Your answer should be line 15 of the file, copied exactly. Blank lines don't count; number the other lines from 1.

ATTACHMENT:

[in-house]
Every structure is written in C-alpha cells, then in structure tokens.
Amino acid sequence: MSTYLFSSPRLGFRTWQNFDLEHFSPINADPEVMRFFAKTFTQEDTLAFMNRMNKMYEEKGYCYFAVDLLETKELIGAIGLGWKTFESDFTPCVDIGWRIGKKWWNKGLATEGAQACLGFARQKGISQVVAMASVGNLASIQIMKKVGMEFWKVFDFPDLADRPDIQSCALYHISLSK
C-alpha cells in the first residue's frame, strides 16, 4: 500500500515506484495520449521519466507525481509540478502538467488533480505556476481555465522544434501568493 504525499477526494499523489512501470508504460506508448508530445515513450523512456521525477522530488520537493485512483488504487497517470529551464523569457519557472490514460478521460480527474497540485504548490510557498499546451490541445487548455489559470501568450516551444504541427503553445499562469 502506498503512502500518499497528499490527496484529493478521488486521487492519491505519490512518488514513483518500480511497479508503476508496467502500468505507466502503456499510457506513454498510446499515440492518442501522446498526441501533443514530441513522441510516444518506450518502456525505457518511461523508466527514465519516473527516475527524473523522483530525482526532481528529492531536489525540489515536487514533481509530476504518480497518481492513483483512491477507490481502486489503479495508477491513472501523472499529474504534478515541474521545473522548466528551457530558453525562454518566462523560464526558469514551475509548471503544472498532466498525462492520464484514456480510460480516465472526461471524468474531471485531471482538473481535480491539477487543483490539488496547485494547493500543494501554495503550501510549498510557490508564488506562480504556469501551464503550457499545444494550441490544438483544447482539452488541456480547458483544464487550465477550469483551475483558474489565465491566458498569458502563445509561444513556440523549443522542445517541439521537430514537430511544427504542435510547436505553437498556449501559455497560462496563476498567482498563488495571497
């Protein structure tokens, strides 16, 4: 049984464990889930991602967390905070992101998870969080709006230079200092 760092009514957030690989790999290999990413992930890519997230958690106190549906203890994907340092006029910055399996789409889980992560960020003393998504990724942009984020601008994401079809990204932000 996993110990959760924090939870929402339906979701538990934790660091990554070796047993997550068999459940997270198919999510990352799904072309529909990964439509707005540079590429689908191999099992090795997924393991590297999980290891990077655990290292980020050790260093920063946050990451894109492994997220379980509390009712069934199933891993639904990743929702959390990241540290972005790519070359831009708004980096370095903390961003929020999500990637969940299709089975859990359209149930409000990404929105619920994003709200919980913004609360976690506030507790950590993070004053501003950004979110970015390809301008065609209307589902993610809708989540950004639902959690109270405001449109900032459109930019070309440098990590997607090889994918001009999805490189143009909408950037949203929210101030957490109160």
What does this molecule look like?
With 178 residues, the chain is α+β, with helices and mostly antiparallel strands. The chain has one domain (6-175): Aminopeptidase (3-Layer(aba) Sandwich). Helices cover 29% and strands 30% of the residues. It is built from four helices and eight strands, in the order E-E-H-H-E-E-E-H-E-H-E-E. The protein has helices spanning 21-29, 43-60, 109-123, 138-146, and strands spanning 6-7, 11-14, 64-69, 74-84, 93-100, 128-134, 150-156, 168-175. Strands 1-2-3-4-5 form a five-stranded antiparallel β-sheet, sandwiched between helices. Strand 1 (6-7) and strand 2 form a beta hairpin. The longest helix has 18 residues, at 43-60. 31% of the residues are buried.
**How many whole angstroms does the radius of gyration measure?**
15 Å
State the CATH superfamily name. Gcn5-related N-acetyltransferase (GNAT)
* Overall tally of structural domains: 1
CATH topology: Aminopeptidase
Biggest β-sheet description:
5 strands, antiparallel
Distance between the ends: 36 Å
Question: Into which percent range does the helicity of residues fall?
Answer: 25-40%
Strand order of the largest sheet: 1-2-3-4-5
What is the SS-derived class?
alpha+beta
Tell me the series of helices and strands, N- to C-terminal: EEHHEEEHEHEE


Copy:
Distance between the ends: 36 Å